Wednesday, April 7, 2010

What happen if you put both str and unicode key on a dict in Python?

In [1]: {u"a": 1, "a": 2}
Out[1]: {u'a': 2}

Yas, it is because:

In [2]: u"a" == "a"
Out[2]: True

Python2.* think u"a" and "a" are EQUAL. of course:

In [3]: u"a" is "a"
Out[3]: False

they are not IDENTITY. If Guido designed to use IDENTITY to check whether they are SAME key, it causes:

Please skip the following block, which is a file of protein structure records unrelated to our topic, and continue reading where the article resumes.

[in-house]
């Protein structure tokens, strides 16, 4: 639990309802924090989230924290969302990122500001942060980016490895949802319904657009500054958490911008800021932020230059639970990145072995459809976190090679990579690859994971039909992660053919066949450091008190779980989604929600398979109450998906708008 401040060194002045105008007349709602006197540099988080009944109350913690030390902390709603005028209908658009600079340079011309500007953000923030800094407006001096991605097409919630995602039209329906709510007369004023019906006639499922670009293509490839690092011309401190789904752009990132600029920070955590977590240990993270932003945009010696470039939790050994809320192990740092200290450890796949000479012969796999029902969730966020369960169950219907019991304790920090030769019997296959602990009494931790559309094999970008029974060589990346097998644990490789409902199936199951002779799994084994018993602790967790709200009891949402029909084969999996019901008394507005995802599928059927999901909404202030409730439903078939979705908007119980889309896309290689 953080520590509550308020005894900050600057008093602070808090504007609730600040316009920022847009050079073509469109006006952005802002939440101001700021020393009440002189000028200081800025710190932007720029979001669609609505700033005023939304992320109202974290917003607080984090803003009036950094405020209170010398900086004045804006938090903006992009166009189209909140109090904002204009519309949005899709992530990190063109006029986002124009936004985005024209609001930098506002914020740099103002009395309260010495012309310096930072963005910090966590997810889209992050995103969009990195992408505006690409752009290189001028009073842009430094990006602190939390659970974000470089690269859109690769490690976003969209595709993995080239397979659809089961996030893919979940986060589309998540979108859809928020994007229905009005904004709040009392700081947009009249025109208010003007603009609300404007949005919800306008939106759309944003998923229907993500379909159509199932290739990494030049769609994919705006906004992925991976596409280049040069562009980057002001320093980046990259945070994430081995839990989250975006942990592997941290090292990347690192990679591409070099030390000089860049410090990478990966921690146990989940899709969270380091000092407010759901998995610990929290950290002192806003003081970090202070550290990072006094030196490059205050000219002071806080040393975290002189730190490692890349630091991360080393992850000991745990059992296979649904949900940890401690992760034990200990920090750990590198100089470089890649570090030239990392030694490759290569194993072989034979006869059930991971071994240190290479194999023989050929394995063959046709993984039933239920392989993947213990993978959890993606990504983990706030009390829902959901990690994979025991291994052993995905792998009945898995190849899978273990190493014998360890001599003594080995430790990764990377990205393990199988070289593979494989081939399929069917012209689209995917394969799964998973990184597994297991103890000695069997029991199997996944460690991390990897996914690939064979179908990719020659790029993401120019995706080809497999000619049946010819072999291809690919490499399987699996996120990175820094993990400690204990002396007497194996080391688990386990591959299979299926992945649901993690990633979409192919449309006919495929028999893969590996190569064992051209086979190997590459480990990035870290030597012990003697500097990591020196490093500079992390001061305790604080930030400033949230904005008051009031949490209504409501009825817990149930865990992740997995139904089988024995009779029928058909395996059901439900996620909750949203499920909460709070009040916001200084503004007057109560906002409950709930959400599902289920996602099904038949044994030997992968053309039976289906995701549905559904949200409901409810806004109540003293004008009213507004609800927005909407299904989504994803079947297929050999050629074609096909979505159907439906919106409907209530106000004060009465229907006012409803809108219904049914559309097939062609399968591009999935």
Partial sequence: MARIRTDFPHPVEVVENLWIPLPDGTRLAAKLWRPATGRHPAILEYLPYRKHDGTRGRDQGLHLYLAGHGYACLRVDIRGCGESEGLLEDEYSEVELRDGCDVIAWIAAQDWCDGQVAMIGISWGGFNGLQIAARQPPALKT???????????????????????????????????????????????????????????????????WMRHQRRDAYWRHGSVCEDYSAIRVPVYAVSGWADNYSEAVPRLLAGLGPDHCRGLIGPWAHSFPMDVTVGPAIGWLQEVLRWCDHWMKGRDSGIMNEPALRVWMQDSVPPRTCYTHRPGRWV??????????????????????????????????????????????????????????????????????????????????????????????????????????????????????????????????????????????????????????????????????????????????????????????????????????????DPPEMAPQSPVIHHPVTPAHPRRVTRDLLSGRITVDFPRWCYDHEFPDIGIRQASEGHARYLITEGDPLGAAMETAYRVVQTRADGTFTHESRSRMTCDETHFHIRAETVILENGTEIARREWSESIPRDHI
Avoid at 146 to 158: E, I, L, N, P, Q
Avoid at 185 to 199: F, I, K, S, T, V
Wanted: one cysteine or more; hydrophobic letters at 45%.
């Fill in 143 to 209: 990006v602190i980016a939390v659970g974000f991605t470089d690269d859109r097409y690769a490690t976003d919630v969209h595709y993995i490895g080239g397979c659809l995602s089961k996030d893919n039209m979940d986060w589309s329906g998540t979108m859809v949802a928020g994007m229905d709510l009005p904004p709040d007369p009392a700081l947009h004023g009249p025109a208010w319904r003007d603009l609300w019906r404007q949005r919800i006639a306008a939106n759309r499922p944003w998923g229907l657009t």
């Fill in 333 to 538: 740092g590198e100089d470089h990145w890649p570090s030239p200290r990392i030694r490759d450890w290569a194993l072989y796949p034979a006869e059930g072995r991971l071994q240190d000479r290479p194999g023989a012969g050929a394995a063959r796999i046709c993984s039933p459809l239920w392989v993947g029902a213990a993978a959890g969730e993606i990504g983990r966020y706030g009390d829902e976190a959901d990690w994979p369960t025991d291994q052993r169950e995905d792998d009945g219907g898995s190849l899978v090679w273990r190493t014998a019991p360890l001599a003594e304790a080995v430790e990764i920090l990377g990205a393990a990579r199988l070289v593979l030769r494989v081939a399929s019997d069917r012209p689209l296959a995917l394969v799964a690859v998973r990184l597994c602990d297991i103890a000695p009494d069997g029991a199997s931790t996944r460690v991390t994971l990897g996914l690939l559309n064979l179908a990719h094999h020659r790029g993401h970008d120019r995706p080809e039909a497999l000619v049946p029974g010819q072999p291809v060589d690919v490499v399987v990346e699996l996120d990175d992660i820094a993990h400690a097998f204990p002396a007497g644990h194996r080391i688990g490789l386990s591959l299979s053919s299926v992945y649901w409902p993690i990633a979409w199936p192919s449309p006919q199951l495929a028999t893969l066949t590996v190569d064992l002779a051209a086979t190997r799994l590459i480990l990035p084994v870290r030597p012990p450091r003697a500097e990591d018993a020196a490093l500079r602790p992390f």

In [4]: (1, 2) is (1, 2)
Out[4]: False

that uncomfortable behavior. We don't want to distinguish EQUAL tuples. It is a difficult question on designing new languages. Those behavior was changed from Python3.0. On it, bytes(byte sequence) and text(unicode char sequence) are not compatible. No automatic conversion between them.

>>> b"a" == "a"
>>> {b"a": 1, "a": 2}
{b'a': 1, 'a': 2}

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